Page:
Tableau vs Excel is a hot discussion topic in the data science community. Indeed, Excel is not a top skill that employers are looking for in your resume. But it has been around for ages and you are probably familiar with tons of useful tricks for data cleaning and analysis. In comparison, Tableau is a newcomer that has many aspiring data scientists wondering what its benefits are.
In this article, we will take a deeper look at the Tableau vs Excel dilemma and whether you should be using one over the other.
You can watch our dedicated video on the topic embedded below or scroll down to keep reading.
Table of Contents
- What is Tableau?
- What Is Tableau Useful for Business Intelligence?
- Tableau vs Excel: What Are the Differences?
- What Are the Advantages of Tableau over Excel?
- When to Use Tableau vs Excel?
- Tableau vs Excel: Next Steps
What Is Tableau?
In a nutshell, Tableau is a BI software that allows non-technical users to visualize their data and work with it almost immediately, lowering know-how barriers dramatically.
While both Tableau and Excel are used for data analysis, it is top-notch tools such as Tableau are what distinguishes successful Business Intelligence (BI) analystsfrom average performers. According to BI Survey, it has grown to become one of the most popular business intelligence tools in the world.
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Why Is Tableau Useful for Business Intelligence?
In the past, business analysts needed the help of IT personnel who would assist them in gathering raw data and preprocessing it. Only then could they start working on its visualization.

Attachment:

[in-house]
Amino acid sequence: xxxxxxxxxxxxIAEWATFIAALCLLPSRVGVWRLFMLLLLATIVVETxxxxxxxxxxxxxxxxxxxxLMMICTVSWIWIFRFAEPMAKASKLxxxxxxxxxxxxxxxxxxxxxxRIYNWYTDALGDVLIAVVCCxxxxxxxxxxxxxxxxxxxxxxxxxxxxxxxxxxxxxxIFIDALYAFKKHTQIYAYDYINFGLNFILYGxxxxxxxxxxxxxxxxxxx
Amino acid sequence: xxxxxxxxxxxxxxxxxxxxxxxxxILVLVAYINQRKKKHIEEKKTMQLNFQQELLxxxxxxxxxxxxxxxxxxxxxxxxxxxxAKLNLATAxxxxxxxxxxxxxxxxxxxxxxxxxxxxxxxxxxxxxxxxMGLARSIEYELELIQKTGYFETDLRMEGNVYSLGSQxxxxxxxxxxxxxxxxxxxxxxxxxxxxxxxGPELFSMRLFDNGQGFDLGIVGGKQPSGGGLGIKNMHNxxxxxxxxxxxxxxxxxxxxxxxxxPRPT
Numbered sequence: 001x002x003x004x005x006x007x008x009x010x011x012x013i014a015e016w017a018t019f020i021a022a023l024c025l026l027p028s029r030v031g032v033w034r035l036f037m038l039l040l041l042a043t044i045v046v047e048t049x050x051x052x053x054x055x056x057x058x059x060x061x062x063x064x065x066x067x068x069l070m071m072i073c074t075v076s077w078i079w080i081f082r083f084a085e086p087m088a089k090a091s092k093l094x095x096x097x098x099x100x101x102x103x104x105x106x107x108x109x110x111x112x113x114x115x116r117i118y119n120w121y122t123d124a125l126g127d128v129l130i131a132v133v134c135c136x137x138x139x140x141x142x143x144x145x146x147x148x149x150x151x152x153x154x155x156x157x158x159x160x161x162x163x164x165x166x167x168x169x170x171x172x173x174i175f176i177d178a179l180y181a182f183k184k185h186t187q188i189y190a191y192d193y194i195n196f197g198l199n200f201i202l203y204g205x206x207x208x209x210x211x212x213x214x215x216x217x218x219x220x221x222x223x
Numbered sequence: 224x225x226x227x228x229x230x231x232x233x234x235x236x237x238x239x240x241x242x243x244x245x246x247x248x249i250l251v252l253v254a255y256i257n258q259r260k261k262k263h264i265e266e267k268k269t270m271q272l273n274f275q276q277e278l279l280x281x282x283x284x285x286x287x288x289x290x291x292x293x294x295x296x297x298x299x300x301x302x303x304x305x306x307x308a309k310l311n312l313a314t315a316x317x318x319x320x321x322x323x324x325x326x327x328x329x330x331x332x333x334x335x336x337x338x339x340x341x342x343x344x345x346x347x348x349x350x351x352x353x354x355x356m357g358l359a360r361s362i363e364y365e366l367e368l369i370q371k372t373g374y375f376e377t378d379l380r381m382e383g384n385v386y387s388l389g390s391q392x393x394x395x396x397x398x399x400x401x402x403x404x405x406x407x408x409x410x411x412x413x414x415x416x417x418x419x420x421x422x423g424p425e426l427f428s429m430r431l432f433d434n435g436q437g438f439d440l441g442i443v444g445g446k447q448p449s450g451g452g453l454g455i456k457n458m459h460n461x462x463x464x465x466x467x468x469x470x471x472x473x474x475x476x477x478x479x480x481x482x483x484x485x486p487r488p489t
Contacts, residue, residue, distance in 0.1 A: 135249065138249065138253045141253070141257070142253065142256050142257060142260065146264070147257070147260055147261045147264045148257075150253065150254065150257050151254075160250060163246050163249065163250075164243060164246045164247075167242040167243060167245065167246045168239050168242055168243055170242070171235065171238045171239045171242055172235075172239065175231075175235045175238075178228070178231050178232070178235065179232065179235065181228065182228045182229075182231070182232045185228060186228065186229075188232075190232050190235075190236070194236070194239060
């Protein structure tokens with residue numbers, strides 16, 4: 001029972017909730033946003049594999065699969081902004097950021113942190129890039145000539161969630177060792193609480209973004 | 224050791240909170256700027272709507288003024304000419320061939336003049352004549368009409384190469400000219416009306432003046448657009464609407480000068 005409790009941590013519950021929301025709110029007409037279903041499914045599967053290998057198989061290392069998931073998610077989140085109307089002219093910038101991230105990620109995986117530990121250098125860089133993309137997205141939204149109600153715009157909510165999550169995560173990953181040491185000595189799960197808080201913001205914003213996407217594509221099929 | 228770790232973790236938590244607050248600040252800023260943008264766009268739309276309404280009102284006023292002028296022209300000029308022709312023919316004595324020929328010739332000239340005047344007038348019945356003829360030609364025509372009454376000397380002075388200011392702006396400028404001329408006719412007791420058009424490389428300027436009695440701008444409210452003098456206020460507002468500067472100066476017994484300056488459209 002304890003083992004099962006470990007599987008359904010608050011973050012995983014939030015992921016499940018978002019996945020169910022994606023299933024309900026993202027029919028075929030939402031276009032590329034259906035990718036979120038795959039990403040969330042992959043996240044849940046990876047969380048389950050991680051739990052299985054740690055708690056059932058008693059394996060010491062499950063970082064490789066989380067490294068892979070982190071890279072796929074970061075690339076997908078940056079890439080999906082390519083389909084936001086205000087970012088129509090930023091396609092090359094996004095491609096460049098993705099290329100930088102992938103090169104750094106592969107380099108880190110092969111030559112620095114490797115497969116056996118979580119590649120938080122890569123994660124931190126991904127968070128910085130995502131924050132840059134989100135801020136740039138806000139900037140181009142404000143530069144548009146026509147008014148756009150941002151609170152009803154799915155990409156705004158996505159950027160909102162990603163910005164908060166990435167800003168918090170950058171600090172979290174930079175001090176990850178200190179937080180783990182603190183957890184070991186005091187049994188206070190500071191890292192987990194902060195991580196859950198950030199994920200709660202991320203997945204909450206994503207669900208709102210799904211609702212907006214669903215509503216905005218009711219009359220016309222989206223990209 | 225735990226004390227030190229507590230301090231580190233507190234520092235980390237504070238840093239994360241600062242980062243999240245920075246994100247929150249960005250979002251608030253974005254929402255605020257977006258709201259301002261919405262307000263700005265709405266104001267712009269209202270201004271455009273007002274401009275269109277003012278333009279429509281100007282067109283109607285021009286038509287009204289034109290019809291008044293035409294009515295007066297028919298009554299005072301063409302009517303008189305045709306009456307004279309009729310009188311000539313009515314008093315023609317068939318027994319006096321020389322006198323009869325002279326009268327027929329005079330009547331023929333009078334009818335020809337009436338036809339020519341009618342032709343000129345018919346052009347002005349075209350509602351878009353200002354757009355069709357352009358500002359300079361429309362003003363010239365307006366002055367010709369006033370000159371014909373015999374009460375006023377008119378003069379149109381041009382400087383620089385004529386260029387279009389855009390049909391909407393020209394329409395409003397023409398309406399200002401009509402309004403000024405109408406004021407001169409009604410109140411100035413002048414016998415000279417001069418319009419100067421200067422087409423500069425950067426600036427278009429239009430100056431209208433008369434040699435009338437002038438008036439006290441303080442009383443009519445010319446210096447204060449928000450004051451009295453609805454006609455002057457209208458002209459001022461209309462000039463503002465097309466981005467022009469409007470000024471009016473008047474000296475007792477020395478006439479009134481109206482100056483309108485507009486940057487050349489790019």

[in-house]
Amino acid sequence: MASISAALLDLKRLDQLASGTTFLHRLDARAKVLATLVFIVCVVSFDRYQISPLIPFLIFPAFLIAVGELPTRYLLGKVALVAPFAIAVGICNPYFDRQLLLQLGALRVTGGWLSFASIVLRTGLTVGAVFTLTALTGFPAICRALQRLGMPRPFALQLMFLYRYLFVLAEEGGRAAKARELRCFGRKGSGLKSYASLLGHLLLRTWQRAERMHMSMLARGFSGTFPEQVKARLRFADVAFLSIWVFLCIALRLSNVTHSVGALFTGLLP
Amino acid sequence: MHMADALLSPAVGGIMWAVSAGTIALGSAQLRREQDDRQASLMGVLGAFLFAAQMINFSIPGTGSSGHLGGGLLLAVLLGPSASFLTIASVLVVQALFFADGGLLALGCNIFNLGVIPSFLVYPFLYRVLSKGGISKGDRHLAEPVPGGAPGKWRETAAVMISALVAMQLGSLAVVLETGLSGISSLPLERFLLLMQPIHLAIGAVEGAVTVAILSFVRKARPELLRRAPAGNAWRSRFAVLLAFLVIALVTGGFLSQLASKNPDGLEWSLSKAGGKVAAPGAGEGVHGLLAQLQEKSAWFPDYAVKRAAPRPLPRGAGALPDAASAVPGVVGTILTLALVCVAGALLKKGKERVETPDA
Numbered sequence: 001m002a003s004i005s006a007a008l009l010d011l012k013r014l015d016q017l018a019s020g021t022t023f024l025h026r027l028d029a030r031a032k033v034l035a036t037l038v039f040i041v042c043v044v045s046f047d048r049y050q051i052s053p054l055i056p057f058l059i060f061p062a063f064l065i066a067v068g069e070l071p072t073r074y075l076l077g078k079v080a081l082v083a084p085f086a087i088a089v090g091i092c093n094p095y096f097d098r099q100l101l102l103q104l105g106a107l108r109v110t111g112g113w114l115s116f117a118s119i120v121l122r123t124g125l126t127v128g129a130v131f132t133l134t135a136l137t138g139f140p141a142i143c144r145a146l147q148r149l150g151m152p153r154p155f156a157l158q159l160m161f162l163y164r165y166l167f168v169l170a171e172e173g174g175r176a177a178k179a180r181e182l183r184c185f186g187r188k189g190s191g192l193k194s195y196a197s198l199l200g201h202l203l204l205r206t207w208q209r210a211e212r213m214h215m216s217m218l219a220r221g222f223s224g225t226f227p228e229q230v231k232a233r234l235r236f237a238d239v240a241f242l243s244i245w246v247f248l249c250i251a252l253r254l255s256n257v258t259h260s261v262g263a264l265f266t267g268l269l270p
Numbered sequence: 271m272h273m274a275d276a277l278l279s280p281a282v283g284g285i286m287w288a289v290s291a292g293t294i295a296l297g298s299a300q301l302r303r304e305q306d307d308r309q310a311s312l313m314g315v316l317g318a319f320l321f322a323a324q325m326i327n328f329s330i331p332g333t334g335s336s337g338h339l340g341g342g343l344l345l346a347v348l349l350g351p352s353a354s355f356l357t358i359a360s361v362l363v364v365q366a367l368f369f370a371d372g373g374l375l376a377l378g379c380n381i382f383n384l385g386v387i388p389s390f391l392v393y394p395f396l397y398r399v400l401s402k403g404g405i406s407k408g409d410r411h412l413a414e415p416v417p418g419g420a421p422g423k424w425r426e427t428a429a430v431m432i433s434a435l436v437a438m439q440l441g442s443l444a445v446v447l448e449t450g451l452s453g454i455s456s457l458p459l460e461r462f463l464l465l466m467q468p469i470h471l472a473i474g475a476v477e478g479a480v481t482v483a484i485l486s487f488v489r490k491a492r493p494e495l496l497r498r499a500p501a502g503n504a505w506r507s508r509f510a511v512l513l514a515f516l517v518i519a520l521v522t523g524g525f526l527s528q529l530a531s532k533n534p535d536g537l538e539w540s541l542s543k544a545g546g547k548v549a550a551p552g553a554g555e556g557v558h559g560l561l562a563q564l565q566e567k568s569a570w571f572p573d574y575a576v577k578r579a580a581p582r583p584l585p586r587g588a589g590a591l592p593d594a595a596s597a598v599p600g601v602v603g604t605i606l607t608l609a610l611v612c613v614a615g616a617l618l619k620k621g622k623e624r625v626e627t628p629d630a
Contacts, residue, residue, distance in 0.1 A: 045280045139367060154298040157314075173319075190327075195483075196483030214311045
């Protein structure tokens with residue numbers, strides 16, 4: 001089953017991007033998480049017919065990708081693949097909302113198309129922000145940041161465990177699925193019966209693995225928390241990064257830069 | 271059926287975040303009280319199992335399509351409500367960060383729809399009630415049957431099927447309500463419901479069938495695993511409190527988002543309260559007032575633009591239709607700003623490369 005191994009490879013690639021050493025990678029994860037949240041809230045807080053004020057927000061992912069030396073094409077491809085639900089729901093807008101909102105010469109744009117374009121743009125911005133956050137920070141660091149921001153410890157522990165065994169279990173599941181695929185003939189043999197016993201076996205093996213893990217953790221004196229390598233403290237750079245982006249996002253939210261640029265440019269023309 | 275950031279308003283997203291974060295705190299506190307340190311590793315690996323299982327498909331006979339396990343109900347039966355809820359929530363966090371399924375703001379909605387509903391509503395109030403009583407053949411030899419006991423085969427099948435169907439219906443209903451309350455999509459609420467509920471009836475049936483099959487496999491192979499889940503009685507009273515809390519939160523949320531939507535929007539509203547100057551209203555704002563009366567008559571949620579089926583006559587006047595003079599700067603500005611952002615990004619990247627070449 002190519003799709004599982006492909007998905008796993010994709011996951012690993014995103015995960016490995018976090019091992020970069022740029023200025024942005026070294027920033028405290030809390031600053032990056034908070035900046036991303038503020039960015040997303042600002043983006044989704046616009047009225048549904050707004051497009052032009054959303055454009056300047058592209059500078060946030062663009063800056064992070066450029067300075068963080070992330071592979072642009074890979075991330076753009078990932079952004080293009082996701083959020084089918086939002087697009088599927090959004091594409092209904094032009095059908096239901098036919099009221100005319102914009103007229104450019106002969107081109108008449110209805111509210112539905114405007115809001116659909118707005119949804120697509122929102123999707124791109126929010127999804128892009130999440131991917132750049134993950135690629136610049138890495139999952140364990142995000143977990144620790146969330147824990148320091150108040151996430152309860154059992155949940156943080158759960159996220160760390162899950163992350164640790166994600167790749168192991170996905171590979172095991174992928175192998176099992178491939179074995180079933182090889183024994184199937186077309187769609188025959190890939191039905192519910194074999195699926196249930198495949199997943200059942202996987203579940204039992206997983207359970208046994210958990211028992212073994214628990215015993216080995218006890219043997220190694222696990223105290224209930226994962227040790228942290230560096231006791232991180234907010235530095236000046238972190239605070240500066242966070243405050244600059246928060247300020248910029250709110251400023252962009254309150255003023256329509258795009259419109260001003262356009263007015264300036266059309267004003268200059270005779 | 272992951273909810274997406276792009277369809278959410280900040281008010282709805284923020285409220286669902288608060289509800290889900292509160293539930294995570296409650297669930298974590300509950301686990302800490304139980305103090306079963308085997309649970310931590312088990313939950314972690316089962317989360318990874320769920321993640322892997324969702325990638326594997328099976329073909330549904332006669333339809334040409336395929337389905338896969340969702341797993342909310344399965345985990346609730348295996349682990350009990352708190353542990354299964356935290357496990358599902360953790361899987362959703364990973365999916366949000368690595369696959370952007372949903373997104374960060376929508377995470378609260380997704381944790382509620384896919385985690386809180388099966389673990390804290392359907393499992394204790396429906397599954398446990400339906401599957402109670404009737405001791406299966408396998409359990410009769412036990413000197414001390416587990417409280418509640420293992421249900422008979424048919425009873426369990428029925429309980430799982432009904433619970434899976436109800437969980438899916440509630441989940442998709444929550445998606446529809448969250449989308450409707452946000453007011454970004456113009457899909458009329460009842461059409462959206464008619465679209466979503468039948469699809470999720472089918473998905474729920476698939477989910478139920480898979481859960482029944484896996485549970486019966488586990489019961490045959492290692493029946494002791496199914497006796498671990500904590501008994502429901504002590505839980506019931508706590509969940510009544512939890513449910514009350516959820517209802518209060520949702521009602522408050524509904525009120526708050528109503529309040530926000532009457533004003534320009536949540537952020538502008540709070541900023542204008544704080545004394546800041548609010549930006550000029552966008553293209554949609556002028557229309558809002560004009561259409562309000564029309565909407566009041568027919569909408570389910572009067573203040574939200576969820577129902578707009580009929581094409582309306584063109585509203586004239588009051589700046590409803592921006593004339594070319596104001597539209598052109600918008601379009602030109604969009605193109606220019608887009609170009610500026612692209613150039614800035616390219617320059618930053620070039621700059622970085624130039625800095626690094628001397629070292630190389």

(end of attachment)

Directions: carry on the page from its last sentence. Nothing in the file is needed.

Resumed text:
Essentially democratizing data viz, Tableau allowed BI analysts to be independent. With its easy-to-navigate interface, non-technical people can easily load data into the program and start playing with it, extracting meaningful and intuitive insights in the forms of visualizations. This way, analysts don’t have to spend too much time on numbers which provide limited insights and instead focus on data that matters.
This is why we can confidently say that Tableau is an indispensable tool in the arsenal of most corporate business intelligence analysts, data analysts, and data scientists.
Tableau vs Excel: What Are the Differences?
Many people are uncertain about the difference between Tableau vs Excel, which is specifically designed for spreadsheets. However, it’s important to note here that both tools serve different purposes. Using Tableau doesn’t necessarily mean you can forget about Excel and vice versa.
While Excel is not as powerful or intuitive as Tableau when it comes to , the latter is not optimal as a data creation tool.
Although Tableau has several database management functionalities – such as creating duplicate sheets or extracting totals – the program isn’t the best solution when you would like to perform multiple operations with your data before you start analysing it.
Moreover, this tool isn’t great for multi-layered calculations. It is able to calculate its own custom fields, but it shouldn’t be used as a spreadsheet tool for multi-layered calculations such as the preparation of a budget in Excel.
What Are the Advantages of Tableau over Excel?
Where Tableau surpasses the competition is in data visualizations such as charts. It is a very smart program that allows you to present your work in a more powerful way compared to Excel.
For example, when you work with geographical data, there is no way Excel could interpret the cells in your spreadsheet as a geographical location. On the other hand, Tableau recognizes that and allows you to visualize such data and see how a variable is distributed geographically.
Combination of Several Types of Charts
Moreover, unlike Excel, Tableau allows you to combine several types of charts and build meaningful, interactive dashboards that facilitate additional analysis.
Once you visualize your data, you can easily dig deeper and explore its granularity, finding the reason for unusual spikes or investigating certain trends.